Theatre lovers ‘owe many debts’ to Eastbourne arts stalwart

Harry Lederman
Harry Lederman

Harry Lederman, one of the best-loved characters in the local arts scene, died on Sunday (September 24) at St Wilfrid’s Hospice.

Harry – a writer, performer, motivator, organiser and friend to all – was born in 1934 in East London, rich in the tradition and culture of a Jewish community whose values shaped his life.

Harry Lederman with actors Stephen Rashbrook (left) and Neil Roberts (right)

Harry Lederman with actors Stephen Rashbrook (left) and Neil Roberts (right)

A wartime childhood spent dodging the Luftwaffe raids was followed by National Service in the RAF, and a long and distinguished career in Customs and Excise.

Marriage to his beloved Dot in 1959 came after the happy chance of a meeting at amateur dramatics rehearsals for Sailor Beware – Dot evidently taking no heed of the title’s warning, and falling instantly for the new recruit.

Work and family – including the birth of children Michael and Lyn – took them from Brixton to Barkingside to Maidstone to Northampton and finally, on retirement in 1997, to Stone Cross.

The Friends of the Devonshire Park Theatre owe Harry ‘too many debts to repay’. Committee member Janet Maskelyne said, “Harry’s contributions have been immense. He has been personally responsible for securing a huge sum of money through his fund-raising achievements over the years. And stewarding at the DPT: next time a courteous and knowledgeable volunteer offers you a programme, or directs you to the bar, remember it is Harry that the theatre has to thank for setting up that scheme.

Harry Lederman with Chris Conil and Sally-Mae Joseph

Harry Lederman with Chris Conil and Sally-Mae Joseph

“He had two spells as our chairman, and he and Dot were recently elected life vice-presidents. There are countless other instances of his input. He was such a multi-talented man and the FDPT was but one string in his bow.”

Theatres director Chris Jordan said, “Harry has been virtually another arm to the theatres press team, attending every press launch and almost every press night, regardless of whether it’s a show he’s personally interested in or not – now that is some dedication!

“He has never once let us down, and has ‘got us out of a hole’ many a time writing reviews for publications when their staff reviewers have been unable to attend. I also fondly recall an afternoon up in Crowlink, a photo shoot for the summer in-house production of Last of the Summer Wine, where Harry gamely took the role of Clegg for the posters and leaflet artwork! He has dedicated countless hours to Eastbourne Theatres. Harry truly is the very best friend that a theatre could have.”

Long-standing friend Malcolm Webster said Harry was also extremely committed to East Sussex Moviemakers. He said, “Harry was one of our founder members in 1997, making, and assisting in the filming of, many high quality amateur films, and steering us through many stages of evolution.

“He was secretary for several years and chairman at the time he died.”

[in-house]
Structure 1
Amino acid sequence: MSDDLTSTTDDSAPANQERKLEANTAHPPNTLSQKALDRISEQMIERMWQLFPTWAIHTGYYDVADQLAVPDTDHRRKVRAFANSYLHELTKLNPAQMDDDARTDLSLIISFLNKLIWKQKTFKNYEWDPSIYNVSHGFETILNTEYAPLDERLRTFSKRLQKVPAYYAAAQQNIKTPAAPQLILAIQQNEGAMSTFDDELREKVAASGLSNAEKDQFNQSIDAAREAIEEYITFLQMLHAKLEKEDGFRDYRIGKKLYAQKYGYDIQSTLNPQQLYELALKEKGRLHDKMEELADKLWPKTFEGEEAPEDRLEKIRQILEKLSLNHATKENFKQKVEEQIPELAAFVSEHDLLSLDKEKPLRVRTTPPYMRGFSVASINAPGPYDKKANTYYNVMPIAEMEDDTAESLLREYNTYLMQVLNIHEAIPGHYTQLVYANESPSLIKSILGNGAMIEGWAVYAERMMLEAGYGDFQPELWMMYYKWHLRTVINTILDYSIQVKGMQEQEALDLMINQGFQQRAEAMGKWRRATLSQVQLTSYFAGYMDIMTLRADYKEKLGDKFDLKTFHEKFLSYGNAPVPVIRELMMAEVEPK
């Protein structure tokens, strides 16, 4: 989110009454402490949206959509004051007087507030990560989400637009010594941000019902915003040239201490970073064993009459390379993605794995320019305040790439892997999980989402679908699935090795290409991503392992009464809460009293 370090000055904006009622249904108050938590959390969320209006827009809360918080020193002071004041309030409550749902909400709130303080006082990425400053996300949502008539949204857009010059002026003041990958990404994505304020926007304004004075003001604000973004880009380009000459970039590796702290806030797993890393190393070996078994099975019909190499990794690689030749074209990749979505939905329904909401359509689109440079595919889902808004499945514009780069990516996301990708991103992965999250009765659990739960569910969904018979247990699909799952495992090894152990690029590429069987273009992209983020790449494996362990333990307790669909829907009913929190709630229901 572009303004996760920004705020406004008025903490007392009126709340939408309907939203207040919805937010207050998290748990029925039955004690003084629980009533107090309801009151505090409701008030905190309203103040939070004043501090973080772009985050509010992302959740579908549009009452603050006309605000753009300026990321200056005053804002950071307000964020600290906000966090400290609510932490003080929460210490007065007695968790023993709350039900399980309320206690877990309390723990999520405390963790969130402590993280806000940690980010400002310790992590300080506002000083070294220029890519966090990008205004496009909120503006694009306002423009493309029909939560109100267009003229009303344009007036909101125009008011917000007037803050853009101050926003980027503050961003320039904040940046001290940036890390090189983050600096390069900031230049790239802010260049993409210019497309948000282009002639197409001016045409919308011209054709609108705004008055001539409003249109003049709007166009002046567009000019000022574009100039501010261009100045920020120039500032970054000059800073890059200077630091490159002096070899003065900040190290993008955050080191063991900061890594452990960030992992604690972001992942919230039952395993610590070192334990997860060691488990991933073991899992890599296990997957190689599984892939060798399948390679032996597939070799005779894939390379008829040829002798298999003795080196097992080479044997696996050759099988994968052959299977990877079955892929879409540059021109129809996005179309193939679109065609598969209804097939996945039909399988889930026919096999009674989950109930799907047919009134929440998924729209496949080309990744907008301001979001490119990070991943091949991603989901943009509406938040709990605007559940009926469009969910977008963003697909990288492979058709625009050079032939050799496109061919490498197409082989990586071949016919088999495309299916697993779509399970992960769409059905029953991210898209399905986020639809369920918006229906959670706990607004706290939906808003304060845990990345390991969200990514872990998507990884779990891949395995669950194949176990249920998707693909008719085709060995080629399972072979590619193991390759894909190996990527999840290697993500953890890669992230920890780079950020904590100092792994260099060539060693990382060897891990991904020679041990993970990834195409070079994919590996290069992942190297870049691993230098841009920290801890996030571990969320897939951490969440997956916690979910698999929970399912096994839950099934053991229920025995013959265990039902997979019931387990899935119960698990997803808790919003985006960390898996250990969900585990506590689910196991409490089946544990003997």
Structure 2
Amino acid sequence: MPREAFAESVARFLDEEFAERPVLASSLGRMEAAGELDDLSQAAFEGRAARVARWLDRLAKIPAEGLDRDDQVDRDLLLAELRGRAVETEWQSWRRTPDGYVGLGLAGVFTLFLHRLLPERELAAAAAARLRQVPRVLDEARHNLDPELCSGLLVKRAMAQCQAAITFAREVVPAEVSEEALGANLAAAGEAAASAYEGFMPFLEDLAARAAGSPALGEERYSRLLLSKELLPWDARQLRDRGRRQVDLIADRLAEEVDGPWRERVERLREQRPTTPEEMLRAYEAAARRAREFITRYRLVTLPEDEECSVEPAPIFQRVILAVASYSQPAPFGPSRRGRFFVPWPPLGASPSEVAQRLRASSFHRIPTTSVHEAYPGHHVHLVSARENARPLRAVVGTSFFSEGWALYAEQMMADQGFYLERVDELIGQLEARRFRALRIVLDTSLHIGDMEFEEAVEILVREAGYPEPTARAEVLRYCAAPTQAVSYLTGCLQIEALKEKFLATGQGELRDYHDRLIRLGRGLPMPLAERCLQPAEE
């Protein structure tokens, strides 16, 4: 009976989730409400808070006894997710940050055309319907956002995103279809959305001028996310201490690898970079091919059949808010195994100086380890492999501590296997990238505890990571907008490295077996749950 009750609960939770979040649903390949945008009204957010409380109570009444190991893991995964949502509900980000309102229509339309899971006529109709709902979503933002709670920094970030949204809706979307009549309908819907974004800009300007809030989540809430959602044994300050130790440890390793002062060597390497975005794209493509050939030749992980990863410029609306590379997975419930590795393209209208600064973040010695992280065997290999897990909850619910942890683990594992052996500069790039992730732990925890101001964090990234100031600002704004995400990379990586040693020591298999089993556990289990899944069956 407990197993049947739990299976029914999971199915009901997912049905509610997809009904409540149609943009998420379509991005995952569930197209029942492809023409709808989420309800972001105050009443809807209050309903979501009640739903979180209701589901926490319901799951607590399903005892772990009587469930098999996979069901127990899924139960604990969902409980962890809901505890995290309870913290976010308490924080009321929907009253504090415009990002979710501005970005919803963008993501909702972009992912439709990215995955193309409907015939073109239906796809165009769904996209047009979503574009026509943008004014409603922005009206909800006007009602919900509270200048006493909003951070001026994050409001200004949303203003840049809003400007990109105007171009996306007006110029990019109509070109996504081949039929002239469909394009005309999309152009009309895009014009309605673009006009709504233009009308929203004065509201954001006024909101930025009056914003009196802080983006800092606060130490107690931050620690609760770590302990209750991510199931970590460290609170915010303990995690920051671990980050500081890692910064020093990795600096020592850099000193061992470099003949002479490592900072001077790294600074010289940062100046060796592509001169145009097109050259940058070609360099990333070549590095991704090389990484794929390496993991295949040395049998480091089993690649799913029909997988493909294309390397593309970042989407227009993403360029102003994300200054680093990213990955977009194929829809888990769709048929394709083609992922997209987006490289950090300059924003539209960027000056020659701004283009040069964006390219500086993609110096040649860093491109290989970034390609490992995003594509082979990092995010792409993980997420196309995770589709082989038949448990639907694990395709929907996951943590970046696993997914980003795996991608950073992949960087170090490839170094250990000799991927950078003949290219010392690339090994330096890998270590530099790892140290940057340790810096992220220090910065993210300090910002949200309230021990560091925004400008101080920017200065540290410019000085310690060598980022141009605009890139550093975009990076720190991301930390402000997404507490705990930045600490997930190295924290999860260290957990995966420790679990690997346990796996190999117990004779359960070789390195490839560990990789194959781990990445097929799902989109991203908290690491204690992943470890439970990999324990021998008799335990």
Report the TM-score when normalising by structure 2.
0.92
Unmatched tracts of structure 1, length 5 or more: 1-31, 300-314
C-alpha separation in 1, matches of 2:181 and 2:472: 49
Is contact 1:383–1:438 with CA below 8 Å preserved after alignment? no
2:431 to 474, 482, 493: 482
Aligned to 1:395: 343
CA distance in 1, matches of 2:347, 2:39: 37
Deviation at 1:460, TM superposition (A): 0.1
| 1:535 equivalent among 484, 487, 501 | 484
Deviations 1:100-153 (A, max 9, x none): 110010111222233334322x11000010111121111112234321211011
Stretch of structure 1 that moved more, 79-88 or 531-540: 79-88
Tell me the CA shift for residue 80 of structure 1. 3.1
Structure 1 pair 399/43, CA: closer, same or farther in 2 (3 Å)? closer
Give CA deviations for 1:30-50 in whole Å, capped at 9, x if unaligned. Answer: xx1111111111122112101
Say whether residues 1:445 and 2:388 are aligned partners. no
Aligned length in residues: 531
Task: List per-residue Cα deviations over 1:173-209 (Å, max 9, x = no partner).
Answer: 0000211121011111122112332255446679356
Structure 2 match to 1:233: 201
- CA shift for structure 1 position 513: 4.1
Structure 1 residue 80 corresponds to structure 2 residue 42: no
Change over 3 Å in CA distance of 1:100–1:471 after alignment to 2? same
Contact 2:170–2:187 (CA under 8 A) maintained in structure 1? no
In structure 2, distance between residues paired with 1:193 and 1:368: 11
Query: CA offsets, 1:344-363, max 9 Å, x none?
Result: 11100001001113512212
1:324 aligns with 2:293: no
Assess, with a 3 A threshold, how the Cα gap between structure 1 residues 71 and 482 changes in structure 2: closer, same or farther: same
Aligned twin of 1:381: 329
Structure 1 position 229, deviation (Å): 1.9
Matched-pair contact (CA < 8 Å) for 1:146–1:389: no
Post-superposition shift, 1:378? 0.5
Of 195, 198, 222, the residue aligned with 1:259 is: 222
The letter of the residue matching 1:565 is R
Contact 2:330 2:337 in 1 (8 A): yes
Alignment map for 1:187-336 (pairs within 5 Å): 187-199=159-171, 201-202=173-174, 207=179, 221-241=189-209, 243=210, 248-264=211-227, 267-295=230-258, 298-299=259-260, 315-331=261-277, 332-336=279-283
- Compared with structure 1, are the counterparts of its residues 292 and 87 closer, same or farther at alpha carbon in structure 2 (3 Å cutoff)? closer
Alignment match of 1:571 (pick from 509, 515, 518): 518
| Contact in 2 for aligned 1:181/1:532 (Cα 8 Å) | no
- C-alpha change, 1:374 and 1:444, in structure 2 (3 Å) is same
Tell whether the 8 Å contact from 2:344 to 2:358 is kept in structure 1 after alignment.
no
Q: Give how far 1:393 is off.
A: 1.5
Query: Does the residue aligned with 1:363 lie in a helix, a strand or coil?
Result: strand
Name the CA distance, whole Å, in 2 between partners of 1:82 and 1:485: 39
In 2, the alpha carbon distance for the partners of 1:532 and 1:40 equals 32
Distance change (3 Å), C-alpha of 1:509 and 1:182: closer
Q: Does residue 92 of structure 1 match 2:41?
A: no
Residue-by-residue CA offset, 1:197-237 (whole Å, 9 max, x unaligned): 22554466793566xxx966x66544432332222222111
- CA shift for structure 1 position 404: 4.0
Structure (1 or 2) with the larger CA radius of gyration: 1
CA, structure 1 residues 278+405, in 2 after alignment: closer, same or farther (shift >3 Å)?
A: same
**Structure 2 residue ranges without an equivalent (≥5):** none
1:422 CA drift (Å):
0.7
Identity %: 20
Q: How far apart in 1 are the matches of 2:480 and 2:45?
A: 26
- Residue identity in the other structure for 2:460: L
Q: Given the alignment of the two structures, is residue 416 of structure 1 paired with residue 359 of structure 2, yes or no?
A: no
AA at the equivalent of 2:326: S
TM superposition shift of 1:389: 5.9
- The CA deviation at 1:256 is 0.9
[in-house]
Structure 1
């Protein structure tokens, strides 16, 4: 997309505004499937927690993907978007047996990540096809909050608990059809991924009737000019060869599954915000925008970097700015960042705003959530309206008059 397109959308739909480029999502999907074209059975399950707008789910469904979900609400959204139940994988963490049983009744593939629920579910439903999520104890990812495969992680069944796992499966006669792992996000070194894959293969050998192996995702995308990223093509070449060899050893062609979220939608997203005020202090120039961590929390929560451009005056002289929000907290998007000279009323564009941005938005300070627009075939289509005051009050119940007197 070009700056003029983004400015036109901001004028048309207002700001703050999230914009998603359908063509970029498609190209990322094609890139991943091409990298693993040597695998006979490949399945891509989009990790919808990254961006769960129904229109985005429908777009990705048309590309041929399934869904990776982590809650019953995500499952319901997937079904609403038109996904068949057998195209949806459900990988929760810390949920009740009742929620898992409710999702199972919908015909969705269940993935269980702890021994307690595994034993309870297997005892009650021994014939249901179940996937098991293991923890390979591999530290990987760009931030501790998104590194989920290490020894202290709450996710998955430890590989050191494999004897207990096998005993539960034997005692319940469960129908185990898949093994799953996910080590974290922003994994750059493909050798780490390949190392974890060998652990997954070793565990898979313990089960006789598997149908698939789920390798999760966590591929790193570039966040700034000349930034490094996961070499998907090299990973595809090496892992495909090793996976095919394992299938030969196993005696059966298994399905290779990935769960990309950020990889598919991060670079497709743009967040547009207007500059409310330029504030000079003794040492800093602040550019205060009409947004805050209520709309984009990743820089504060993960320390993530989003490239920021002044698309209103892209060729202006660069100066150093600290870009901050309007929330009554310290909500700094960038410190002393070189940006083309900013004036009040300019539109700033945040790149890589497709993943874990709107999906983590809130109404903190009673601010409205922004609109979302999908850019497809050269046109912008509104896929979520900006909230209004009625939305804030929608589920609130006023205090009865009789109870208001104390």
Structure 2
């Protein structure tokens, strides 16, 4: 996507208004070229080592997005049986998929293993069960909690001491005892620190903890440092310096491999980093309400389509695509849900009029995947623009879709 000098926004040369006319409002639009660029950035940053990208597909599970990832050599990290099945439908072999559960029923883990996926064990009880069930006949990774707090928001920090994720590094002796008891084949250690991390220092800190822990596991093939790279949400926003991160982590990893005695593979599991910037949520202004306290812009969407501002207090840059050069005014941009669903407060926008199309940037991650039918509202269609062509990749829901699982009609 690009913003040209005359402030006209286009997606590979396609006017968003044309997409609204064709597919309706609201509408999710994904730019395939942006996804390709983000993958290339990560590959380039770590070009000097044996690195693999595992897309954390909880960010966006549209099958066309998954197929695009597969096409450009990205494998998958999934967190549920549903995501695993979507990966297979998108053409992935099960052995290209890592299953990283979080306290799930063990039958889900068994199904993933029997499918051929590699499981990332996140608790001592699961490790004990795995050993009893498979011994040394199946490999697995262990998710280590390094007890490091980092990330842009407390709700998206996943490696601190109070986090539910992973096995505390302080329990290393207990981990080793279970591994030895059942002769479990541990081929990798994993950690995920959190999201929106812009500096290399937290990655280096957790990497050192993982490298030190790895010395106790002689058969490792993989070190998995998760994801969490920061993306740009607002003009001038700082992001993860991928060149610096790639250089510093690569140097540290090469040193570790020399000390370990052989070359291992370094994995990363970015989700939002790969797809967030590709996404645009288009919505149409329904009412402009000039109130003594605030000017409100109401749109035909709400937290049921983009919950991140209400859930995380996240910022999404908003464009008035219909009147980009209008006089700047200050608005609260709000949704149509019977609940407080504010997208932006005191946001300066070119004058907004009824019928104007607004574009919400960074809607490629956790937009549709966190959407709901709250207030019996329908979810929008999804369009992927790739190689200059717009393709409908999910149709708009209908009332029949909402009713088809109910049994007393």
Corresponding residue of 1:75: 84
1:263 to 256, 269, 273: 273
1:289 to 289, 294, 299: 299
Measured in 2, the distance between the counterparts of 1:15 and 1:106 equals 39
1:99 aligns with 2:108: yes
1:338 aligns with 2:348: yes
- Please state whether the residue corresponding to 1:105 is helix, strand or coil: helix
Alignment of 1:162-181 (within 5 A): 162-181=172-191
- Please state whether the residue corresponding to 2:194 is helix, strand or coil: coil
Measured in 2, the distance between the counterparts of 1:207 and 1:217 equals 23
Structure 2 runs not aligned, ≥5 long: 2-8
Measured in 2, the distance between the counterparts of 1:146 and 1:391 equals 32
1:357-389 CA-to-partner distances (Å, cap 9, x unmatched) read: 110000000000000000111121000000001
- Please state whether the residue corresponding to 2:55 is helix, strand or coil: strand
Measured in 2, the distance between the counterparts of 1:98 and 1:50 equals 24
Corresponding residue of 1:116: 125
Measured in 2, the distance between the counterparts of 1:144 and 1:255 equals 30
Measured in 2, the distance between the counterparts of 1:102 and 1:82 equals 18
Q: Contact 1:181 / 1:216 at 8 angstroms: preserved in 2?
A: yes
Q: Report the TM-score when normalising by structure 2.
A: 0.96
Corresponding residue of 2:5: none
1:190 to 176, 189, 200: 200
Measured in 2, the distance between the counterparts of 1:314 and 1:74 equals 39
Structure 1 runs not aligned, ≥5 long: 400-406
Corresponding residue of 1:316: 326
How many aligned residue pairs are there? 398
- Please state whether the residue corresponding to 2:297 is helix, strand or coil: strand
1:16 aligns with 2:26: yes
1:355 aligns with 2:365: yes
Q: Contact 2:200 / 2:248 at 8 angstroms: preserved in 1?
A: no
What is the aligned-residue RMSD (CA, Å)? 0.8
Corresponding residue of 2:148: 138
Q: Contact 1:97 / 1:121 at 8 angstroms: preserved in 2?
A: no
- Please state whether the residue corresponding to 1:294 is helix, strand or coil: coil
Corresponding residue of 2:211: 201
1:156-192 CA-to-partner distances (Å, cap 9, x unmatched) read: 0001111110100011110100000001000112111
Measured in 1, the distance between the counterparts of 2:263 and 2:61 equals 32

Harry was a cornerstone of Radio DGH, Eastbourne’s hospital radio service, hosting a weekly show. Co-presenter Phil Moon said, “Harry’s particular forte were his theatre reviews – frank, amusing and giving the listener a great perspective of the production. Harry’s knowledge of shows and films was encyclopaedic, enhanced by his involvement in amateur theatre.

“Whenever a Fiddler on the Roof track was played, he took delight in adding – I was in that!”

The Ledermans had been long-standing members of Eastbourne Ashridge Circle and most recently Harry was its programme secretary.

There was time, too, for bowls at the Gildredge Park club. Secretary Alan Hipkin recalls an ‘accomplished player, much liked – in fact universally loved – by all our members’. “He has been on our honours board and only last year won a triples competition,” he added.

Harry was a generous and highly perceptive reviewer, with a knack of wry understatement.

Of one less than thrilling thriller he wrote: “It was a pity that the tension which had been nicely built up was spoiled when the body got up and walked from the stage.”

And he covered a feeble touring production of The Glenn Miller Story, in which ‘any similarity between Tommy Steele and Glenn Miller was purely coincidental’. But he was also generous with his praise.

Friend Dorit Oliver-Wolff said knowing Harry was ‘an honour and privilege’. “His passion for music and theatre was second to none. No man was richer in friends, and they will love him always. He died on Jewish New Year, and he is blessed in eternity.”

Friend Kevin Anderson added, “Harry has been confronting cancer for the past year or so, and this wretched disease has shown Harry no mercy. Earlier in the summer he was still the dapper and sprightly figure whom we all love, but recent weeks had seen only a fading away of his strength, if not of his spirit. A long eventful life, richly lived. Harry recently gave me a DVD copy of that Fiddler production from 1983 which has become the stuff of legend and many a chuckle.

“Wise, witty, humble, gracious. Harry’s legacy will live long, and our thanks will outlive our loss.”